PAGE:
When your identity has been stolen, you will need to contact your credit card companies, your banks, the three major credit bureaus, and local, state, or federal law enforcement authorities. Click here to read part one of this article which looks at the involvement of your credit card companies and banks.
The three major credit bureaus
If your credit cards have been lost or stolen, call the fraud number of any one of the three national credit reporting agencies:
- Equifax (888) 766-0008
- Experian (888) 397-3742
- TransUnion (800) 680-7289
You need to contact only one of the three; the one you call is required to contact the other two.
Next, place a fraud alert on your credit report. If your credit cards have been lost or stolen, and you think you may be victimized by identity theft, you may place an initial fraud alert on your report. If you become a victim of identity theft (an existing account is used fraudulently or the thief opens new credit in your name), you may place an extended fraud alert on your credit report once you file a report with a law enforcement agency.
Once a fraud alert has been placed on your credit report, any user of your report is required to verify your identity before extending any existing credit or issuing new credit in your name. For extended fraud alerts, this verification process must include contacting you personally by telephone at a number you provide for that purpose.
Most states now allow you to "freeze" your credit report. (In the few that don't, the credit bureaus allow state residents to freeze their reports voluntarily.) Once you freeze your report, no one–creditors, insurers, and even potential employers–will be allowed access to your credit report unless you "thaw" it for them.
To freeze your credit report, you must contact all three major credit reporting agencies. In many cases, victims of identity theft are not charged a fee to freeze and/or thaw their credit reports, but the laws vary from state to state. Contact the office of the attorney general in your state for more information.
If you discover fraudulent transactions on your credit reports, contest them through the credit bureaus. Do so in writing, and provide a copy of the identity theft report you file. You should also contest the fraudulent transaction in the same fashion with the merchant, bank, or creditor who reported the information to the credit bureau. Both the credit bureaus and those who provide information to them are responsible for correcting fraudulent information on your credit report, and for taking pains to assure that it doesn't resurface there.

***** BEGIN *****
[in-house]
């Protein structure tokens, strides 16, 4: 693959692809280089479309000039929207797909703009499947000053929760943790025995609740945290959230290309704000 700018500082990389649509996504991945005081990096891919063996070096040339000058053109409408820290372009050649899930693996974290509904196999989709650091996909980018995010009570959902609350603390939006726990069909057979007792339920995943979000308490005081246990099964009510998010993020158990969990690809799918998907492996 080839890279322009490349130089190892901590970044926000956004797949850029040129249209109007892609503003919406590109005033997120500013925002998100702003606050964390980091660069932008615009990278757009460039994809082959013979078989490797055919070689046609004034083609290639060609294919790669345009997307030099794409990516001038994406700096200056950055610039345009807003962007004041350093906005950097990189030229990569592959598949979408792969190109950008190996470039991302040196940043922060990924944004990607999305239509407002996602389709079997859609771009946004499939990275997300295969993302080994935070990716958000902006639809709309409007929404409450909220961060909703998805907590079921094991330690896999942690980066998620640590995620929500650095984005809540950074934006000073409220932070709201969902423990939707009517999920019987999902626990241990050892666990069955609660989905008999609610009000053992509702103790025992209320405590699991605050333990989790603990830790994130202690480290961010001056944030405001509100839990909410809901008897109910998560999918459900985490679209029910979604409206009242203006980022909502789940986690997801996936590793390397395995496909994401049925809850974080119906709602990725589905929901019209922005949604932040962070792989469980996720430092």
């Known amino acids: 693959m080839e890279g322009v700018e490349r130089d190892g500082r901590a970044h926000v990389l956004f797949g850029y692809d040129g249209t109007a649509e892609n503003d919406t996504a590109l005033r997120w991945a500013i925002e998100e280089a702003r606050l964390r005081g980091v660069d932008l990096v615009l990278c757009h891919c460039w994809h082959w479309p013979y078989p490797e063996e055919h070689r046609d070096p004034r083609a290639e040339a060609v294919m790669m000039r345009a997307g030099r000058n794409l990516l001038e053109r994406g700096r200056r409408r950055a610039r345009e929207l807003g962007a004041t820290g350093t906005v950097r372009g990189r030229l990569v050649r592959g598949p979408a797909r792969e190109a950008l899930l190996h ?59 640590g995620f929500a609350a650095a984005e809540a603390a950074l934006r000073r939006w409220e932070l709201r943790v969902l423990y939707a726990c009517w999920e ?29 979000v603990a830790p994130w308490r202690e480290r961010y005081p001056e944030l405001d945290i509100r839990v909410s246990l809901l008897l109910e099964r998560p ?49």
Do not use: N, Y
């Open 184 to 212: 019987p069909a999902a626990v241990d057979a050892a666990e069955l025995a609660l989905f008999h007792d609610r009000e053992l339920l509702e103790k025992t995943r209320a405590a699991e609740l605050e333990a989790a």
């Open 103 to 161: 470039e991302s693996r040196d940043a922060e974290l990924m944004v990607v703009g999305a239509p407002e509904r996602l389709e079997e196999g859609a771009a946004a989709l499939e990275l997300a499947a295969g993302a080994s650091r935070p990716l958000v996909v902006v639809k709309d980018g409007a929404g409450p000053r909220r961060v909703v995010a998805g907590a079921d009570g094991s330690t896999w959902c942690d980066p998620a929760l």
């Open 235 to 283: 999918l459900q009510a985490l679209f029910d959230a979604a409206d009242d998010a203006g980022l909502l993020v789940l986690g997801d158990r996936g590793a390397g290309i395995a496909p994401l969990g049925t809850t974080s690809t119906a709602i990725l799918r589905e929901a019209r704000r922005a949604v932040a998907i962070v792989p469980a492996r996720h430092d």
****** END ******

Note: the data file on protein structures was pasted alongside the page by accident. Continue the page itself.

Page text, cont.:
Law enforcement agencies
While the police may not catch the person who stole your identity, you should file a report about the theft with a federal, state, or local law enforcement agency. Once you've filed the report, get a copy of it; you'll need it in order to file an extended fraud alert with the credit bureaus. You may also need to provide it to banks or creditors before they'll forgive any unauthorized transactions.
When you file the report, give the law enforcement officer as much information about the crime as possible: the date and location of the loss or theft, information about any existing accounts that have been compromised, and/or information about any new credit accounts that have been opened fraudulently. Write down the name and contact information of the investigator who took your report, and give it to creditors, banks, or credit bureaus that may need to verify your case.
If the theft of your identity involved any mail tampering (such as stealing credit card offers or statements from your mailbox, or filing a fraudulent change of address form), notify the U.S. Postal Inspection Service. If your driver's license has been used to pass bad checks or perpetrate other forms of fraud, contact your state's Department of Motor Vehicles. If you lose your passport, contact the U.S. Department of State. Finally, if your Social Security card is lost or stolen, notify the Social Security Administration.
Once resolved, most instances of identity theft stay resolved. But stay alert: Monitor your credit reports regularly, check your monthly statements for any unauthorized activity, and be on the lookout for other signs (such as missing mail and debt collection activity) that someone is pretending to be you.
Have questions about what to do if your identity is stolen? Post a comment below or contact our Financial Services Group at 440-449-6800.